How to import shell modules into prefs.js?

While writing a simple Shell extension, I’ve noticed that importing modules specific modules from Gnome Shell UI Javascript bindings, while trivial in extension.js, doesn’t seem to work in the preferences script prefs.js:

indicator.js:

import * as PanelMenu from 'resource:///org/gnome/shell/ui/panelMenu.js';

export const MyIndicator = GObject.registerClass({
    GTypeName: 'MyIndicator'
}, class MyIndicator extends PanelMenu.Button {

    static get Position() { return Object.freeze({
        'Left'   : 0,
        'Center' : 1,
        'Right'  : 2
    }); }

    // ...

});

prefs.js:

import { ExtensionPreferences, gettext as _ } from 'resource:///org/gnome/Shell/Extensions/js/extensions/prefs.js';
import { MyIndicator } from './indicator.js';   // ImportError

export default class TestPreferences extends ExtensionPreferences {
    fillPreferencesWindow(window) {
        const settings = this.getSettings();
        
        // MyIndicator.Position['Left'] ...
    }
}

leads to

ImportError: Unable to load file from: resource:///org/gnome/shell/ui/panelMenu.js (The resource at “/org/gnome/shell/ui/panelMenu.js” does not exist)

Is there any particular reason for this?
It would make sense to have the script used to generate the Preferences window dependent on the actual extension code, but instead the preferences window is limited to the ExtensionPreferences class, and this doesn’t seem to be discussed in the docs.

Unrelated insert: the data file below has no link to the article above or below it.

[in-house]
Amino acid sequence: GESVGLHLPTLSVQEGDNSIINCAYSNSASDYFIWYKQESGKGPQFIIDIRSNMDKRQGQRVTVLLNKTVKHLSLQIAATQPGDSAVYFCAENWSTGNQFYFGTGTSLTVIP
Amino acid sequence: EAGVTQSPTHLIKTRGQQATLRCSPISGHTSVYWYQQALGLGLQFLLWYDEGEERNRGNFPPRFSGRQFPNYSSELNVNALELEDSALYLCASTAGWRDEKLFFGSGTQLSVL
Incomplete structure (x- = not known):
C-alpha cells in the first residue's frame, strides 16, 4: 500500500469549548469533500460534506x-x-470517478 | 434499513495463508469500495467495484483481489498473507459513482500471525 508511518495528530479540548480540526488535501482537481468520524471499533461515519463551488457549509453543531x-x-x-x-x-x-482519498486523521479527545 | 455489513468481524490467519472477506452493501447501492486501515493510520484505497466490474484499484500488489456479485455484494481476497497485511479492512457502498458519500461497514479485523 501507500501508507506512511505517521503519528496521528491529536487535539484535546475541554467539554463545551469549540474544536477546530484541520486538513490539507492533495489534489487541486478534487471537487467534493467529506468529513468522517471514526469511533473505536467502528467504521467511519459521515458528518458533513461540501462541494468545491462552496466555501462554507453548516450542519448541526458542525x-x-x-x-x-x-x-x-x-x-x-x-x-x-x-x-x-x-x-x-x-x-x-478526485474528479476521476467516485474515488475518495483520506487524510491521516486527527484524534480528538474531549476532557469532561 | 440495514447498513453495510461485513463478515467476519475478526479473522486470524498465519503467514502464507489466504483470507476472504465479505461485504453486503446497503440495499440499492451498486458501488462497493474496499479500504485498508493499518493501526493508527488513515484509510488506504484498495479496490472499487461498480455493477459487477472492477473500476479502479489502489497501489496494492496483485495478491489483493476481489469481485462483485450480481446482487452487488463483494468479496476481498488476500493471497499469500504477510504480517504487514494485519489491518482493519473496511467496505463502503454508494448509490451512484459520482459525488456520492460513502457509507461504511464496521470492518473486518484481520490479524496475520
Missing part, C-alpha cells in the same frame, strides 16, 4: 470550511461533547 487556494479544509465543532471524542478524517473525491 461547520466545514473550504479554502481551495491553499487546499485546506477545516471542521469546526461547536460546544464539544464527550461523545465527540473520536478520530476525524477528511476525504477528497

I understand that I can - as I’ve seen is commonly used in many extensions - either just re-declare any static objects that may be useful in parsing/setting extension preferences, or move them to a separate script without any dependency on GJS modules, but that does not seem the most straightforward approach.

Yes. gnome-shell’s JS code generally assumes that it is running in the gnome-shell process, and thus components like the top bar or overview are available, as well as compositor-specific libraries like Meta or Clutter.

Code like panelMenu would simply be broken in a completely different process like the preference dialog, so it’s not included in the code that is bundled with the dialog.